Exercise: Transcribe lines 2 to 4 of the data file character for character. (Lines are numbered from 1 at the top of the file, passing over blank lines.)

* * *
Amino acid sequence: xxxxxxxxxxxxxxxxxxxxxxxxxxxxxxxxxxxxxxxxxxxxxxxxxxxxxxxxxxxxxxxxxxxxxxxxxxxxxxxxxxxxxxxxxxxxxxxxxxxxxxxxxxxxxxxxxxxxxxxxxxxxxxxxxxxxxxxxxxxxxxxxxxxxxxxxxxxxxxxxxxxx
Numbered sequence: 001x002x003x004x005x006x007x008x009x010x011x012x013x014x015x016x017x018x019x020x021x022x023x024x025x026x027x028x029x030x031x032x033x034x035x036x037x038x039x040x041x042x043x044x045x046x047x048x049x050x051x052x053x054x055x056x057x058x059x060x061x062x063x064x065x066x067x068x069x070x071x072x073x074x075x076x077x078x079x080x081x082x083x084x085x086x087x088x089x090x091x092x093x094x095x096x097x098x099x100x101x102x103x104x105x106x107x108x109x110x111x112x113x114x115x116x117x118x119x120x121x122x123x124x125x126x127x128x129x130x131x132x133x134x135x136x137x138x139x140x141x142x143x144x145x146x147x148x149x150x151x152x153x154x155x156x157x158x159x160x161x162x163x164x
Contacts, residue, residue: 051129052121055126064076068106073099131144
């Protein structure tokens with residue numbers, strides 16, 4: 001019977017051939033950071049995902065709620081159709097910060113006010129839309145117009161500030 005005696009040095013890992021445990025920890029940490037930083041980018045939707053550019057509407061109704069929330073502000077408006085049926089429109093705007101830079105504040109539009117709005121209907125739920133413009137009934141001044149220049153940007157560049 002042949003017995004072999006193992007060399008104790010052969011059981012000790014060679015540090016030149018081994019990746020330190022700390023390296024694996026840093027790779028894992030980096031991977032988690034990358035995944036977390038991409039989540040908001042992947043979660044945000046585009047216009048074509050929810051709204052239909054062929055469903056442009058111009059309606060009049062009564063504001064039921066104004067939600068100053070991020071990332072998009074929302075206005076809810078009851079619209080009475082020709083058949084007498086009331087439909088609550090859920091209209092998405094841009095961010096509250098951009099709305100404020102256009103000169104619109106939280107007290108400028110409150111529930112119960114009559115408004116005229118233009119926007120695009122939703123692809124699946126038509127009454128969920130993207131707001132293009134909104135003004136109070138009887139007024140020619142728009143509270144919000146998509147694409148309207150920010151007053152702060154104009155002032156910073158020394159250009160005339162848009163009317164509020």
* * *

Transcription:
Numbered sequence: 001x002x003x004x005x006x007x008x009x010x011x012x013x014x015x016x017x018x019x020x021x022x023x024x025x026x027x028x029x030x031x032x033x034x035x036x037x038x039x040x041x042x043x044x045x046x047x048x049x050x051x052x053x054x055x056x057x058x059x060x061x062x063x064x065x066x067x068x069x070x071x072x073x074x075x076x077x078x079x080x081x082x083x084x085x086x087x088x089x090x091x092x093x094x095x096x097x098x099x100x101x102x103x104x105x106x107x108x109x110x111x112x113x114x115x116x117x118x119x120x121x122x123x124x125x126x127x128x129x130x131x132x133x134x135x136x137x138x139x140x141x142x143x144x145x146x147x148x149x150x151x152x153x154x155x156x157x158x159x160x161x162x163x164x
Contacts, residue, residue: 051129052121055126064076068106073099131144
């Protein structure tokens with residue numbers, strides 16, 4: 001019977017051939033950071049995902065709620081159709097910060113006010129839309145117009161500030 005005696009040095013890992021445990025920890029940490037930083041980018045939707053550019057509407061109704069929330073502000077408006085049926089429109093705007101830079105504040109539009117709005121209907125739920133413009137009934141001044149220049153940007157560049 002042949003017995004072999006193992007060399008104790010052969011059981012000790014060679015540090016030149018081994019990746020330190022700390023390296024694996026840093027790779028894992030980096031991977032988690034990358035995944036977390038991409039989540040908001042992947043979660044945000046585009047216009048074509050929810051709204052239909054062929055469903056442009058111009059309606060009049062009564063504001064039921066104004067939600068100053070991020071990332072998009074929302075206005076809810078009851079619209080009475082020709083058949084007498086009331087439909088609550090859920091209209092998405094841009095961010096509250098951009099709305100404020102256009103000169104619109106939280107007290108400028110409150111529930112119960114009559115408004116005229118233009119926007120695009122939703123692809124699946126038509127009454128969920130993207131707001132293009134909104135003004136109070138009887139007024140020619142728009143509270144919000146998509147694409148309207150920010151007053152702060154104009155002032156910073158020394159250009160005339162848009163009317164509020």